Nigeria’s daily petrol consumption has significantly declined by 28% following President Bola Tinubu’s decision to eliminate a popular yet costly fuel subsidy at the end of May, according to data from the Nigerian Midstream and Downstream Petroleum Regulatory Authority (NMDPRA).
In June, the average daily petrol consumption plummeted to 48.43 million litres, a notable drop from the previous average of 66.9 million, as revealed by figures released to Reuters by the NMDPRA. The subsidy had long maintained affordable prices in Africa’s largest economy. However, the cost became increasingly burdensome for the country, with the government spending $10 billion last year alone. This led to wider deficits and a surge in government debt.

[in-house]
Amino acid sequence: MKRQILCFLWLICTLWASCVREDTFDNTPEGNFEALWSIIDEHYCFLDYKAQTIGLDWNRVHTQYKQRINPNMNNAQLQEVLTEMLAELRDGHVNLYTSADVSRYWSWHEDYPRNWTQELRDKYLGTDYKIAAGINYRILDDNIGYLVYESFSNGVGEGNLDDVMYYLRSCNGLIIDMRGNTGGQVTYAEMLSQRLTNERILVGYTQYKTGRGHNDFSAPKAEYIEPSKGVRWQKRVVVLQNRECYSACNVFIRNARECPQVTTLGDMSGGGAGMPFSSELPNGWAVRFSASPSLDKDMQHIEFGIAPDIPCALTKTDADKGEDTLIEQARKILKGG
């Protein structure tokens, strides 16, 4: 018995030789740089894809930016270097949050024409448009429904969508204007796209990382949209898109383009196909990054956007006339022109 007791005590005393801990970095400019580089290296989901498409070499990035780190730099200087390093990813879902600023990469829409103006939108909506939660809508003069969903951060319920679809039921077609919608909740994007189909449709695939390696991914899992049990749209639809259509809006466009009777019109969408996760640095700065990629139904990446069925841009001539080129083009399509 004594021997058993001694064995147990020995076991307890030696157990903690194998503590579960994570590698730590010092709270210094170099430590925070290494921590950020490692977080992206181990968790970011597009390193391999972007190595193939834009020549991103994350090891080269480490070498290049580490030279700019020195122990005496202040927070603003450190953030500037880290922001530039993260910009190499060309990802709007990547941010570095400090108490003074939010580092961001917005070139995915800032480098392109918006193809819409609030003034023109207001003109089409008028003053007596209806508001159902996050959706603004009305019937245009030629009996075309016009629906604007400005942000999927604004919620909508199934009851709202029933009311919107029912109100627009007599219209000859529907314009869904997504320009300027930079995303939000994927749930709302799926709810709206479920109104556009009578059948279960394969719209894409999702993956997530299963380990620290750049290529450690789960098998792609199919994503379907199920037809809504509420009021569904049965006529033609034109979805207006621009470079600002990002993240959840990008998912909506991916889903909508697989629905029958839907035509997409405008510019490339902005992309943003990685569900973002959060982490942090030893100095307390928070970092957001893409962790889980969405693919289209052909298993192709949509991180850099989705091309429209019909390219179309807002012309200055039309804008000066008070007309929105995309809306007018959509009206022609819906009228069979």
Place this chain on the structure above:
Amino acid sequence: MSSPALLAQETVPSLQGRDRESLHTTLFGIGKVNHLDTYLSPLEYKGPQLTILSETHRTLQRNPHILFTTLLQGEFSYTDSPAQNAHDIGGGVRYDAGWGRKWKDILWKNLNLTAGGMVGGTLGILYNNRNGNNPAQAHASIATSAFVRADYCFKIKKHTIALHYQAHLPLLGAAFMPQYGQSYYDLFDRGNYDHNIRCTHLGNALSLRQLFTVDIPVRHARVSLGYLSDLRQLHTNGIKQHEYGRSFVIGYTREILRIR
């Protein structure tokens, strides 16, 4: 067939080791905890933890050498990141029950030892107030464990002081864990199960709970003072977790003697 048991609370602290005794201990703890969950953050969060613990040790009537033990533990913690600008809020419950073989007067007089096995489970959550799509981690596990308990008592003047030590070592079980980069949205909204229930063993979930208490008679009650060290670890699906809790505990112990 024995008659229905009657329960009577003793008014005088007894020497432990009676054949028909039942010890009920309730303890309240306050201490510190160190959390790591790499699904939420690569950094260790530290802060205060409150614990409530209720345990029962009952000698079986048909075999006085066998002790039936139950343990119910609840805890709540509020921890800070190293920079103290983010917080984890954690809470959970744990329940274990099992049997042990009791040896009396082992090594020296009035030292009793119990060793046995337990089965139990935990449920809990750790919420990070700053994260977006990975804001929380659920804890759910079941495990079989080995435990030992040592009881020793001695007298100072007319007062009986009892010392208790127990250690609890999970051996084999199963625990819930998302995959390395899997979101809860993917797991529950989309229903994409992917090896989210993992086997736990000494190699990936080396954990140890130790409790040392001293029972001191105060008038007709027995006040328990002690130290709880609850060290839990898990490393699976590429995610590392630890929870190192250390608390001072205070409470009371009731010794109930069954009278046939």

The removal of the subsidy has also had a significant impact on the black market in neighboring countries such as Cameroon, Benin, and Togo, which heavily relied on smuggled petrol from Nigeria. This illicit trade has now collapsed.
Despite having already spent $2.41 billion on the subsidy during the first five months of the year, Nigeria is projected to save up to $5.10 billion in 2023 by scrapping the petrol subsidy and implementing foreign exchange reforms, according to the World Bank’s statement on June 27.